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For a more organic future

Bringing together all the key players in Canada's organic industry to ensure excellent standards and regulations that stimulate the growth of Canada's organic sector, which is good for the environment, the consumer, family farms and rural communities.

Of particular interest

Date: June 5, 2017
Titre: Standards Interpretation Committee
accroche:

New public comment period

The SIC submit to public comment answers to questions issued by organic stakeholders.

Click here to consult the SIC answers and submit your comments.

 

Reports from the Standards Interpretation Committee

Public Comment Period – March 6 to April 6  2017 – click here

Public Comment Period – April 10 to May 10 2017 – click here

 

Date: April 24, 2017
Titre: InfoBio April 24 2017
accroche:

 

Important survey
How does research makes its way back to you

 

A convincing ‘story-telling’ by Kristine Nichols
How soil biology builds Resilience in Organic Systems

 

Public consultation on the proposed Safe Food for Canadians Regulations
OFC/FBC comments and recommendations

Click here  to read InfoBio

 

OFC meets with Minister MacAulay - BRIEFING NOTE FOR MINSTER MACAULAY

Click here to read Briefing Note to Minister

Date: April 10, 2017
Titre: InfiBio - SIC Public Comment
accroche:

Standards Interpretation Committee


New public comment period - April 10 to May 10 2017


Below is a list of questions raised by organic stakeholders, regarding the National Standards for Organic Agriculture.

  • Can manure from confined animals feeding operations where 5.5.1 and 5.5.2 have been met be applied on organic land even if it contains prohibited substances?
  • Under CAN/CGSB-32.310 Section 6.7.2, can operators limit access to the outdoors to their entire herd / flock (such as goats, sheep, cattle, poultry) for the entire winter if the operator provides a letter from their veterinarian stating that access to the outdoors is detrimental to the health of the particular species of livestock?
  • Is mined elemental sulphur permitted as a soil amendment? What other sources of elemental sulphur are permitted?

…and many other questions.

The proposed responses are posted on OFC website, and are subject to a 30 day comment period.
 

All comments regarding these answers should be sent to OPR.RPB@inspection.gc.ca

Date: April 4, 2017
Titre: Infobio April 2017
accroche:

 

The proposed Safe Food for Canadians Regulations

Not so ‘safe’ for the Canadian organic industry

 

Standards Interpretation Committee

Reminder -Public comment period

 

Organic Science Cluster III

Call for Letters of Intent

 

OFC AGM

We thank the stakeholders who attended our Annual General Meeting

Click here to read InfoBio

 

Date: March 13, 2017
Titre: OFC AGM
accroche:

INVITATION!
The Organic Federation of Canada will hold its
Annual General Meeting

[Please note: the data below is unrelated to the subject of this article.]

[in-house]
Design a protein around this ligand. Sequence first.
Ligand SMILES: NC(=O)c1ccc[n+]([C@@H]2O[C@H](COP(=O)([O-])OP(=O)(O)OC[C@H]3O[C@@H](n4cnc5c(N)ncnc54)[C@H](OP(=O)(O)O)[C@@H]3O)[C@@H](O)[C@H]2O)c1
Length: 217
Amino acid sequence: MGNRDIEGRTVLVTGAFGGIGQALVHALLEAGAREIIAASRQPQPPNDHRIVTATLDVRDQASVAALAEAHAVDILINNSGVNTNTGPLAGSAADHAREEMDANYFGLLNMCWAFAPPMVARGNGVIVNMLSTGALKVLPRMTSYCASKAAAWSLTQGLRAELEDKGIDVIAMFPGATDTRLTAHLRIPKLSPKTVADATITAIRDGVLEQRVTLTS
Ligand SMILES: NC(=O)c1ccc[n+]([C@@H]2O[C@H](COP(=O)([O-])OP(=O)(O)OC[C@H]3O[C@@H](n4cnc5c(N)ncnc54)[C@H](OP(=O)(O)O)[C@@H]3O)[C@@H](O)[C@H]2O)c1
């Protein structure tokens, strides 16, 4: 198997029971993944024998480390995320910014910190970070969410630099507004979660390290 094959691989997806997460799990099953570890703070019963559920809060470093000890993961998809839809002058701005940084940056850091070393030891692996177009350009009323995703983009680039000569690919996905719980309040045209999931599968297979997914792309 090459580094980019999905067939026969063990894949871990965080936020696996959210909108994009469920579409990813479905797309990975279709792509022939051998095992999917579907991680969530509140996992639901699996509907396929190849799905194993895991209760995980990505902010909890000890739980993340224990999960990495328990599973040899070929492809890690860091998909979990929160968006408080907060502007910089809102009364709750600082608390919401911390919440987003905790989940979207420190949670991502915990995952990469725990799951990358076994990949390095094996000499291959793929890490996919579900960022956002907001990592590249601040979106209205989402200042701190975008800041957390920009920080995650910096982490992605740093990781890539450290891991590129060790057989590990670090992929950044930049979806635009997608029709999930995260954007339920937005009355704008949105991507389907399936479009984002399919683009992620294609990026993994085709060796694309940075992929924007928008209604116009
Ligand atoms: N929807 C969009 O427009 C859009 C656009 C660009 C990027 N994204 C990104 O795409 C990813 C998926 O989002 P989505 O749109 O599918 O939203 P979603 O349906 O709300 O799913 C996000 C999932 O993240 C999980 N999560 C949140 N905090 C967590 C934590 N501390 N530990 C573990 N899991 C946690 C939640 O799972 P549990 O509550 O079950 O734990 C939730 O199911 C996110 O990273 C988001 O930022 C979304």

Tuesday, March 14th 2017, from 1:00 to 3:00 EDT
By teleconference
toll-free from anywhere in Canada
1-866-613-5223  access 9610448

 

For full agenda, click here!

Please join us!

 

Interpretation of the Canadian Organic Standards

The Canadian Standards Interpretation Committee answers your questions.

 

Click here to see the answers provided by the Committee to questions raised by the organic sector.

 

Do you want to address a question to the Committee? Follow the link.

Canadian Organic Inputs Directory

OrganicInputs.ca

OFC has launched the Canadian Organic Inputs Directory (COID).

Visit the site now and give it a try!

Manufacturers of inputs suitable for organic agriculture can contact us to find out how to get their product listed.

The Canadian Organic Input Directory is being administered by Peppersoft Inc.

(A French version of the site is coming soon)

On our blog

Date: October 30, 2014
Title: TO CERTIFY OR NOT TO CERTIFY: THE PERSPECTIVE OF SMALL-SCALE ORGANIC FARMERS
Body:

Local + organic -  A win-win situation for growers, consumers and the environment.

Small-scale organic farmers represent the face of the Canadian organic industry—at the farmers’ market, CSA drop-off and at the restaurant back door. Many of these farmers, however, are not certified organic.

 

The Working Group on Small Scale Organic Certification has drafted two organic certification models that aim to be attainable for a small-scale producer focusing mainly on direct sales (farm-gate, CSA, farmer’s market, etc.): the Peer Certification Model and the Organic Affidavit model. 

 

What do you perceive to be the strengths and/or weaknesses of these models? Which would be more appropriate for your farm?  Should either model include random third-party inspections—and if so, to what extent?

Share your perspective on OFC's Blog!

Date: September 28, 2012
Title: PROTECT ORGANIC AGRICULTURE
Body:
How to Prevent and Manage
GMO Contamination Risks

Today, the OFC invites you to voice your concerns and share your opinions about how to prevent and manage GMO contamination risks.

 

Do you have GMO contamination issues or concerns on your own organic operation? What would help you prevent and mitigate GMO contamination?
The OFC Blog is ready to collect your thoughts.

 

 

Let us know what you think should be the next step taken to help protect the integrity of organic products and Canada’s pristine natural environments!

© Organic Federation of Canada